Air Raid wardens or ARP wardens had the task of patrolling the streets during blackout, to ensure that no light was visible. If a light was spotted, the warden would alert the person/people responsible by shouting something like "Put that light out!" or "Cover that window!". They could report persistent offenders to the local police. They also patrolled the streets during air raids and doused incendiary bombs with sandbags where possible.
Other duties included helping to police areas suffering bomb damage and helping bombed-out householders. ARP wardens were trained in basic fire-fighting and first aid, and could keep an emergency situation under control until official rescue services arrived.
There were around 1.4 million ARP wardens in Britain during the war, almost all unpaid part-time volunteers who also held day-time jobs. Initially, wardens were expected to be on duty three nights a week, but expectations were increased as the bombings grew worse. They had a basic uniform consisting of a set of overalls, Wellington boots, and an armlet, along with a black steel helmet, and small silver-colored badge. Prior to the introduction of the overalls, wardens wore their helmets, armlets, and badges on their civilian clothes. From the formation of the ARP until 1939, the badges were made of solid sterling silver, with a crescent-shaped button hole attachment for men and a pin style brooch for women. From 1940 on, the badges were made of a cheap "white" metal as the silver was in short supply. Later in the war, the helmets would be issued with the dark blue battledress issued to Civil Defence members. The steel helmet had W for Warden in bold white writing across it, except for Chief Wardens who wore white helmets with black lettering.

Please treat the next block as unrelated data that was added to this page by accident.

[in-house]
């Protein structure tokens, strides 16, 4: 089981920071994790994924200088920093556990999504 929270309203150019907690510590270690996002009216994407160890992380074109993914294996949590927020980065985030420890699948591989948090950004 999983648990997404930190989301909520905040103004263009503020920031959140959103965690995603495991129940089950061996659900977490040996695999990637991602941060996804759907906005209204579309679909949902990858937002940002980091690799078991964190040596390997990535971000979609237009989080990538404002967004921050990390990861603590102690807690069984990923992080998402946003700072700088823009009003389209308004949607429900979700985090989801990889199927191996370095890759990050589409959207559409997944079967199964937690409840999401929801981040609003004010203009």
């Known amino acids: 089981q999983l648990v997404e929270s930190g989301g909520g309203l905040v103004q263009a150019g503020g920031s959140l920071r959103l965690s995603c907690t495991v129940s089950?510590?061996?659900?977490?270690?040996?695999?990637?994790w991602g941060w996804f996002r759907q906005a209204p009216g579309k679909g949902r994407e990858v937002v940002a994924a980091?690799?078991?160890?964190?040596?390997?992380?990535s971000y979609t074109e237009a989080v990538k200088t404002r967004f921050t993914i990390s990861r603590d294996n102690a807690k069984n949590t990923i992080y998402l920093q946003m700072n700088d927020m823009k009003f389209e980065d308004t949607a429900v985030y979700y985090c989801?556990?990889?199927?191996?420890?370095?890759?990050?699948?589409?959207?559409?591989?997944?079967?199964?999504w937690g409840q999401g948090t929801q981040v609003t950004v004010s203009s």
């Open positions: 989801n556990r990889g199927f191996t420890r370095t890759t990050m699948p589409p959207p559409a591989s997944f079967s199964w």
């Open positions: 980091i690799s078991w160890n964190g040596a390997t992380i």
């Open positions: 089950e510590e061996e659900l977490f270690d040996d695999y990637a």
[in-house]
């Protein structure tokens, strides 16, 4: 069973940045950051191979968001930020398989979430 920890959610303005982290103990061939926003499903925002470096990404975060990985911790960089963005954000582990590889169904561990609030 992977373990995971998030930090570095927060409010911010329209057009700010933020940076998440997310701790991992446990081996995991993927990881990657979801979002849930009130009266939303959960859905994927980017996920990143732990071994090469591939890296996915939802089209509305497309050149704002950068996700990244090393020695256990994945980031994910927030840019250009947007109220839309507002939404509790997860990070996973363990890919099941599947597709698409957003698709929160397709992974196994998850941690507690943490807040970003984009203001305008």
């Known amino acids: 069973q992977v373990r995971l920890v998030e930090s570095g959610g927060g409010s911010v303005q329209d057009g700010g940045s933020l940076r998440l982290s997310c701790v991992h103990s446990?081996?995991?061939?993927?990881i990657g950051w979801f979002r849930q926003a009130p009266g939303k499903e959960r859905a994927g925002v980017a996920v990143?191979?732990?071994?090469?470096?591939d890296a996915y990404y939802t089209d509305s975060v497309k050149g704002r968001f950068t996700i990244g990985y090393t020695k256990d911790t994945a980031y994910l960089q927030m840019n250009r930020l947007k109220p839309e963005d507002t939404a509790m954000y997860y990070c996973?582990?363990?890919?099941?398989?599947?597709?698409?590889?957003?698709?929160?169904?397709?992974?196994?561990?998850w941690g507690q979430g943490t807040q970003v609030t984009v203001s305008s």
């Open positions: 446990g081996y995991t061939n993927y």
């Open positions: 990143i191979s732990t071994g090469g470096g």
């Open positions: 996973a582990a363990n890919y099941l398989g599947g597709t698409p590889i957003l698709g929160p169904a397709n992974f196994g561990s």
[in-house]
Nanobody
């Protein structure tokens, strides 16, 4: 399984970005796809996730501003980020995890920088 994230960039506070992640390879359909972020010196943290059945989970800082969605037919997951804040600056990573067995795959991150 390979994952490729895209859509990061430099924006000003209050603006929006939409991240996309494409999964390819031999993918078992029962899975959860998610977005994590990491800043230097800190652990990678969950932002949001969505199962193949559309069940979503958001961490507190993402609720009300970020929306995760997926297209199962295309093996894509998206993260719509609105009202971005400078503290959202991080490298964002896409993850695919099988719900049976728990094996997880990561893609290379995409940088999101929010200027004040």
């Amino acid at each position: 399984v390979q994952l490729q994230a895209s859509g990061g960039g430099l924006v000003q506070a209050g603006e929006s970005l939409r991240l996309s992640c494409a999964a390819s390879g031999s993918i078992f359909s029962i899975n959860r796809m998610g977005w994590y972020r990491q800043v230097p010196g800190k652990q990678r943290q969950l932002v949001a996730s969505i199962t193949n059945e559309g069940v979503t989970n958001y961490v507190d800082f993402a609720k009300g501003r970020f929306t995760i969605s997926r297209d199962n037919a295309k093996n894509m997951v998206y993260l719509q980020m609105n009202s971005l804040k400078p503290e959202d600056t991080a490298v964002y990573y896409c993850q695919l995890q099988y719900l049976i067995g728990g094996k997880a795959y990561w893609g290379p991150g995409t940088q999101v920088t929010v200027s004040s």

Although the standard procedures prescribed that the ideal warden should be at least thirty, men and women of all ages were wardens. In certain instances, given special needs of communities, even teenagers were wardens.